(CNN) -- Rescue boats and helicopters scrambled Wednesday to find almost 300 passengers, including scores of high school students, missing after a ferry sank off the southwest coast of South Korea.
Of the 459 people on board, 164 have been rescued, the security ministry said.
Many jumped from the listing ship to the freezing waters of the Yellow Sea.
The bodies of at least four people -- a female and three males-- were confirmed dead. About 292 remain unaccounted for, the ministry said.
The rescue operation was still underway Wednesday evening, hours after the ferry first sent out a distress signal.
Authorities could not immediately say what caused the ship to sink. The weather at the time of the incident was clear.
'I wanted to live'
The ferry, Sewol, was carrying 325 students; 15 teachers; 30 crew members; and 89 other passengers.
The students were from Seoul's Ansan Danwon High School. They left from the port city of Incheon, just west of Seoul, for a four-day trip to Jeju. The resort island is considered the Hawaii of Korea.
Around 9 a.m. local time, the ferry sent out its first distress call. It had started to list.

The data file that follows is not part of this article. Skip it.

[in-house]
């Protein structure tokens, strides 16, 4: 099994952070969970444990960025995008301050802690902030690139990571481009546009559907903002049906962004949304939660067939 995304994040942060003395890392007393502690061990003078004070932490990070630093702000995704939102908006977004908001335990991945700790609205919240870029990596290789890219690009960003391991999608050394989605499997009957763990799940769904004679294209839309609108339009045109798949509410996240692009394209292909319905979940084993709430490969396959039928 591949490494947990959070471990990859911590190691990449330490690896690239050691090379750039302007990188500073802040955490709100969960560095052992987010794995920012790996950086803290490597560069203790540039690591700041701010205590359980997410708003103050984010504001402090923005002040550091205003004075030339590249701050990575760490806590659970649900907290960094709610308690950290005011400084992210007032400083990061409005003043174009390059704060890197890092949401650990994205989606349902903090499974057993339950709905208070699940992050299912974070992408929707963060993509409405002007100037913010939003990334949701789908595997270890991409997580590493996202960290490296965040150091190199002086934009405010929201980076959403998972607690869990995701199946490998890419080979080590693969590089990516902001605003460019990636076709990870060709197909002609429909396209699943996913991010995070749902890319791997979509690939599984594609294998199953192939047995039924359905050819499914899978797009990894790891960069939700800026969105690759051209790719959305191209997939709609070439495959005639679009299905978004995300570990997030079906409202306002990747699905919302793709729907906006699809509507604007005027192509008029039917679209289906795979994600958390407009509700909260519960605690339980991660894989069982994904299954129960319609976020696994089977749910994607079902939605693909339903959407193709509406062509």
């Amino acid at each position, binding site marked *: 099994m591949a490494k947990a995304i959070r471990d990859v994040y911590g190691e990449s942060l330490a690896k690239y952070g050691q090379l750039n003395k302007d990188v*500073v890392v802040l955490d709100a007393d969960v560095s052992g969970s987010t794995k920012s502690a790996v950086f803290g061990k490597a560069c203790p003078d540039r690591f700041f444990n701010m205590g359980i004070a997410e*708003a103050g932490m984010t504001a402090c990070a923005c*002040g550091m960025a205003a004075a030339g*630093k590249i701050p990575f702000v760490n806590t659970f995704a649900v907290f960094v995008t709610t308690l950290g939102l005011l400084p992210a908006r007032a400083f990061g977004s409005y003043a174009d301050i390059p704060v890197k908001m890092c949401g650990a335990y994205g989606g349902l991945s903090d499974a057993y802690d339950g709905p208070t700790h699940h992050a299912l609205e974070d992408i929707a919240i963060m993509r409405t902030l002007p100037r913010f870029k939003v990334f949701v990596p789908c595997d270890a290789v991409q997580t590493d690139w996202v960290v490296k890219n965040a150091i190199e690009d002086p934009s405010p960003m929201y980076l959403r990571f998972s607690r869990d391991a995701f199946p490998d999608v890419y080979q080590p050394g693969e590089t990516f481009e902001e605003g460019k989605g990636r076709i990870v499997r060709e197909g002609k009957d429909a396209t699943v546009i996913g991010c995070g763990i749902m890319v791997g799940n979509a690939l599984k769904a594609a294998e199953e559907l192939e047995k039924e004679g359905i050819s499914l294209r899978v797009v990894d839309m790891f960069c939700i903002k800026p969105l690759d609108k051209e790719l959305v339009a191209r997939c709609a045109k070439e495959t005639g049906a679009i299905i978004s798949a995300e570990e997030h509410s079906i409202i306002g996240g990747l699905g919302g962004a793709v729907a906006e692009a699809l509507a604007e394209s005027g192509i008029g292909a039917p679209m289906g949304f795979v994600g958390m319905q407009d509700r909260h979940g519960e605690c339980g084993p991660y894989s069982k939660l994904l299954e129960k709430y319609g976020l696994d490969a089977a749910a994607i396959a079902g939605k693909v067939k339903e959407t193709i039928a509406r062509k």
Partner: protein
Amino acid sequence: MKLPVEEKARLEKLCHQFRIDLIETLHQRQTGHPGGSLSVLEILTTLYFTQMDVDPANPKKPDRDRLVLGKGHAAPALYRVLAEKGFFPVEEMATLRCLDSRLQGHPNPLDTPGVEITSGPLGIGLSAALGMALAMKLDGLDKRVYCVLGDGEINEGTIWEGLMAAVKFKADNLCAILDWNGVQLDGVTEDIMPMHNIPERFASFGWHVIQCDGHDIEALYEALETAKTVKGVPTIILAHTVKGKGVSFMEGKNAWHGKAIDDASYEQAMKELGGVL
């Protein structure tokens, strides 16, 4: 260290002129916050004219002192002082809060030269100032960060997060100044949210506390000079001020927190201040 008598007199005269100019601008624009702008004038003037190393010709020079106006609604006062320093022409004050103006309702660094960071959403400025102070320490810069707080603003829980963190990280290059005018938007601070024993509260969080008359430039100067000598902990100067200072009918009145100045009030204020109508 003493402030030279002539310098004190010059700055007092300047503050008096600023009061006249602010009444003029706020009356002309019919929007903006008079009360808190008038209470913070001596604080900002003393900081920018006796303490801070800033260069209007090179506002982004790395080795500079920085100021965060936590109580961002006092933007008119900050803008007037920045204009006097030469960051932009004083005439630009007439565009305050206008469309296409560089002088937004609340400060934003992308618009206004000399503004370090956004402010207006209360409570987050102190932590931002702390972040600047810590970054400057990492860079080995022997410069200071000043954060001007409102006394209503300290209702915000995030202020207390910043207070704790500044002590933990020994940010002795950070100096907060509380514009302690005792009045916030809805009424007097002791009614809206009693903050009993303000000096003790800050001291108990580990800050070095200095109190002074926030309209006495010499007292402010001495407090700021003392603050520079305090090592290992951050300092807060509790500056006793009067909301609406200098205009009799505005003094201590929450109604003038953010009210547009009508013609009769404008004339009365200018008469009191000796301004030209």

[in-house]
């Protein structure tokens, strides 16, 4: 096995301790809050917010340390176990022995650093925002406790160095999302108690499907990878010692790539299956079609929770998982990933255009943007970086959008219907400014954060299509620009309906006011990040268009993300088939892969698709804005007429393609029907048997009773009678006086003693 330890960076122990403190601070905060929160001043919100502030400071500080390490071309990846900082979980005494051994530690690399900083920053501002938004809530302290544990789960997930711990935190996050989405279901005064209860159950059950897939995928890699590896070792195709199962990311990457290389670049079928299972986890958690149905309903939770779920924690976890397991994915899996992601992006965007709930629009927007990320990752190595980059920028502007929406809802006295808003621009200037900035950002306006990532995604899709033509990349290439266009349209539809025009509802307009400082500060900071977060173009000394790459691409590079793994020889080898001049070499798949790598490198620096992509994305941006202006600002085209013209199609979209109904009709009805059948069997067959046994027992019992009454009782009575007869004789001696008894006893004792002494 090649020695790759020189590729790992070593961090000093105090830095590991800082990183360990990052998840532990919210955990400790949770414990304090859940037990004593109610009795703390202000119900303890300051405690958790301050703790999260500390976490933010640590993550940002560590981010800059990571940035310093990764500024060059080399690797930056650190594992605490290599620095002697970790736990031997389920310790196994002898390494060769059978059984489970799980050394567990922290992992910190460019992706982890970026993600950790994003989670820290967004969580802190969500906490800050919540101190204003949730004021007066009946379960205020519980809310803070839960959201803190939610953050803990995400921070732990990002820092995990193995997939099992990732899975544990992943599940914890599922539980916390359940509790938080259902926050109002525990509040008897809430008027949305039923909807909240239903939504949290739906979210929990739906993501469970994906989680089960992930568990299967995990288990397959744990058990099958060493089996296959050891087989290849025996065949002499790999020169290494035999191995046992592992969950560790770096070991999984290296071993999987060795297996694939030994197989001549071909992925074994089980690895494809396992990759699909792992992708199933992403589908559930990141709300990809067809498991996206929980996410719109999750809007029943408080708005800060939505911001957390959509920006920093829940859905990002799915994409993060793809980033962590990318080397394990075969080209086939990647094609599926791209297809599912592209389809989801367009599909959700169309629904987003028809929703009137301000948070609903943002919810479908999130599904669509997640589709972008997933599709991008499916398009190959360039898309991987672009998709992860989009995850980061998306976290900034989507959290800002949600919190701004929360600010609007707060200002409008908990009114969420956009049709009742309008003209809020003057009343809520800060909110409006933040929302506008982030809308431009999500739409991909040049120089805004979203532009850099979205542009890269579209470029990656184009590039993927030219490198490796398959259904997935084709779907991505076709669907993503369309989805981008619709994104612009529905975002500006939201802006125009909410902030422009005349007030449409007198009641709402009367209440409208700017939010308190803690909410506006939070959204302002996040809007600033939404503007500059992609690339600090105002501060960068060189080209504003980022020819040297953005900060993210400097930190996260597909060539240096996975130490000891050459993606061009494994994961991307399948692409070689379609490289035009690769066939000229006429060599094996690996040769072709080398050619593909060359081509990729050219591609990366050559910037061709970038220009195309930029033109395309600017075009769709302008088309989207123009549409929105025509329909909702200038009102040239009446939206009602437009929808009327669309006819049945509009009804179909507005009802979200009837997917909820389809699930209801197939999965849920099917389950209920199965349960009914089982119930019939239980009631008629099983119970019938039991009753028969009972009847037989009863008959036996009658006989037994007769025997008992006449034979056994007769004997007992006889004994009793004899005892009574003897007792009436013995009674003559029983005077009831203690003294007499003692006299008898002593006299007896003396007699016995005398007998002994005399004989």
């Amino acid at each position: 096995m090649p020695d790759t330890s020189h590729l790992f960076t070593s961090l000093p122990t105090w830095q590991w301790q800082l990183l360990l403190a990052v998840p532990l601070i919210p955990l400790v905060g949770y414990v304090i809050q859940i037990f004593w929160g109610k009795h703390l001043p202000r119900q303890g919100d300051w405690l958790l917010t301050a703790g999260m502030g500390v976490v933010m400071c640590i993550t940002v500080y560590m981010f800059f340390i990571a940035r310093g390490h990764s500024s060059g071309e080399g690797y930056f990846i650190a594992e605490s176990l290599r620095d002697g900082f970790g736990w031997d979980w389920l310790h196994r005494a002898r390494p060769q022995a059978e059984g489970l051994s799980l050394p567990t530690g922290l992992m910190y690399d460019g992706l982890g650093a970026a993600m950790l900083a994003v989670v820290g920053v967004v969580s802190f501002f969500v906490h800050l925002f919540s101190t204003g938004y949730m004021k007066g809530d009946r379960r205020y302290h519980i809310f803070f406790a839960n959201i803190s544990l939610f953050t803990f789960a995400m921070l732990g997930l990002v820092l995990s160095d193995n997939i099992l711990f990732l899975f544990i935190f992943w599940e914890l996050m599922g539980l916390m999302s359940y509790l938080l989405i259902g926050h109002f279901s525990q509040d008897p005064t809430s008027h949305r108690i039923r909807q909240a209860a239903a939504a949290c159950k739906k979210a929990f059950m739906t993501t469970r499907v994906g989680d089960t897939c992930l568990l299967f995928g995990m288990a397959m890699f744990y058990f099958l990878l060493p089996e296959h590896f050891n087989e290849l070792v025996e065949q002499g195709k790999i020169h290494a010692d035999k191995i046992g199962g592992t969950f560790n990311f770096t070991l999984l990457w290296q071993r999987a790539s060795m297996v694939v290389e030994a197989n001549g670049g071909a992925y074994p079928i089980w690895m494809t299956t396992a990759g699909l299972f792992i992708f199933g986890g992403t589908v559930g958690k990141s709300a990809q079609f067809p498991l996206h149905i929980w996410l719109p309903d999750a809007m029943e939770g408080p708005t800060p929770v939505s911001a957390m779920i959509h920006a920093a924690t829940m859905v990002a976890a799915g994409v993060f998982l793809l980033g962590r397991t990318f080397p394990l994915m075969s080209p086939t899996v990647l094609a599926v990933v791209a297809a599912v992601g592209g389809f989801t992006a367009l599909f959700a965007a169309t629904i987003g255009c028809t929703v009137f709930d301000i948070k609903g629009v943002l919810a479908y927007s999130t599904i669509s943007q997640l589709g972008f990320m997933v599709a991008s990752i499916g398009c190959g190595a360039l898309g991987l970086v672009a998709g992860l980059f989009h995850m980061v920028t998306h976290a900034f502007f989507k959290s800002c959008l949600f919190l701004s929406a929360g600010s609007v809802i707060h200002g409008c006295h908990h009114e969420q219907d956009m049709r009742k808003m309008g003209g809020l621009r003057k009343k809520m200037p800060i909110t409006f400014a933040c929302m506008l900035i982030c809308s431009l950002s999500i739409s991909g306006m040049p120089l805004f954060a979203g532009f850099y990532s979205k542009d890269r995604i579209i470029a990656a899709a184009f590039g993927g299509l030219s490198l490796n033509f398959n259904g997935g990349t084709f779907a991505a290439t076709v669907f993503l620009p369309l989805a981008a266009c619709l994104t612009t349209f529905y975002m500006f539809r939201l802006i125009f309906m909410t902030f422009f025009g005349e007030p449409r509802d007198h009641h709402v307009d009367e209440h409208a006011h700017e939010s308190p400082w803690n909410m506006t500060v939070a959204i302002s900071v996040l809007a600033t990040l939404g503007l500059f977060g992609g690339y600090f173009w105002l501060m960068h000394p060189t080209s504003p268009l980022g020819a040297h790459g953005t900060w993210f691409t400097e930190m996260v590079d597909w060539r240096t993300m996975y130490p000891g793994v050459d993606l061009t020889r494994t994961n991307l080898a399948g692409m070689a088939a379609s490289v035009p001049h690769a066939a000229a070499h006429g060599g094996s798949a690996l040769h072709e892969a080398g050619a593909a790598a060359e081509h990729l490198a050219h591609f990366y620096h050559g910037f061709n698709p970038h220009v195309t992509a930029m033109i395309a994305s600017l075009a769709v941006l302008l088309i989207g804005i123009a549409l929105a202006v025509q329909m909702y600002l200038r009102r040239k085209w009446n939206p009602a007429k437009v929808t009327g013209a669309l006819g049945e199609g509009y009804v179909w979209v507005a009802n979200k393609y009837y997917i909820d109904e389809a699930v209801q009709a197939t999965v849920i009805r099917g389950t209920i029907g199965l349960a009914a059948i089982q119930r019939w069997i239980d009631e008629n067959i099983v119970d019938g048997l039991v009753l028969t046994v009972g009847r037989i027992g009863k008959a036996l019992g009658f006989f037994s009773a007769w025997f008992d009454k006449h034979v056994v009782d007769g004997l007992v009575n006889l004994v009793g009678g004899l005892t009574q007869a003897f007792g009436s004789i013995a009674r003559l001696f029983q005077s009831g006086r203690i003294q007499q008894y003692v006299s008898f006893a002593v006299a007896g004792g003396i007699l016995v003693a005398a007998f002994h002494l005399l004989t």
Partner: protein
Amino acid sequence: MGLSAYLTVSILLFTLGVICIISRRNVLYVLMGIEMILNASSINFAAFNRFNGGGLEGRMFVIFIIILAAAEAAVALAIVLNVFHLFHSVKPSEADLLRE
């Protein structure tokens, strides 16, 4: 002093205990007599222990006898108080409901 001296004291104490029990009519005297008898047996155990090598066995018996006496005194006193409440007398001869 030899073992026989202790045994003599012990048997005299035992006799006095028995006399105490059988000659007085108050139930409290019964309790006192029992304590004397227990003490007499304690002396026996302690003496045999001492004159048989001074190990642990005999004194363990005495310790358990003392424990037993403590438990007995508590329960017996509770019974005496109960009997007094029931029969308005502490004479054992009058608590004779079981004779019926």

A rescued student, Lim Hyung Min, told CNN affiliate YTN that he heard a loud bump. Several off his classmates were flung off their feet. Everyone was ordered to don life jackets and jump, he said.
Lim said he jumped into the sea before swimming to a rescue vessel.
"I had to swim a bit to get to the boat to be rescued," he said. "The water was so cold and I wanted to live."
Soon, the 6,800-ton ferry sank. Only its white and blue hull remained above water.
A desperate dash
With the clock ticking, rescue crews dashed desperately to get to passengers.
At least 178 people are involved in the rescue work, including 118 marines, 42 navy personnel and 18 police officers, Kang said.
The U.S. Navy ship USS Bonhomme Richard joined the operation and was headed to the scene. It sent helicopters to the area, the U.S. Navy said.
Dive teams have been going in and out of the submerged ship looking for bodies. But poor visibility has made their task difficult.
At Ansan Danwon High School, parents clutched their cell phones in an agonizing wait for a call from their children. Officials posted a list of names. Once a confirmation of a rescue came, they circled that name. So far, 78 students had been pulled to safety.
At one point, the school announced that all students had been rescued but soon backtracked, to the parents' wrath.
Passenger Kim Seung Mok said that despite his efforts and those of others, he couldn't get to several passengers on one of the decks.
"I stayed till the last to rescue people at the hall," Kim told YTN. "But the water was coming in so fast (that) some didn't make it out."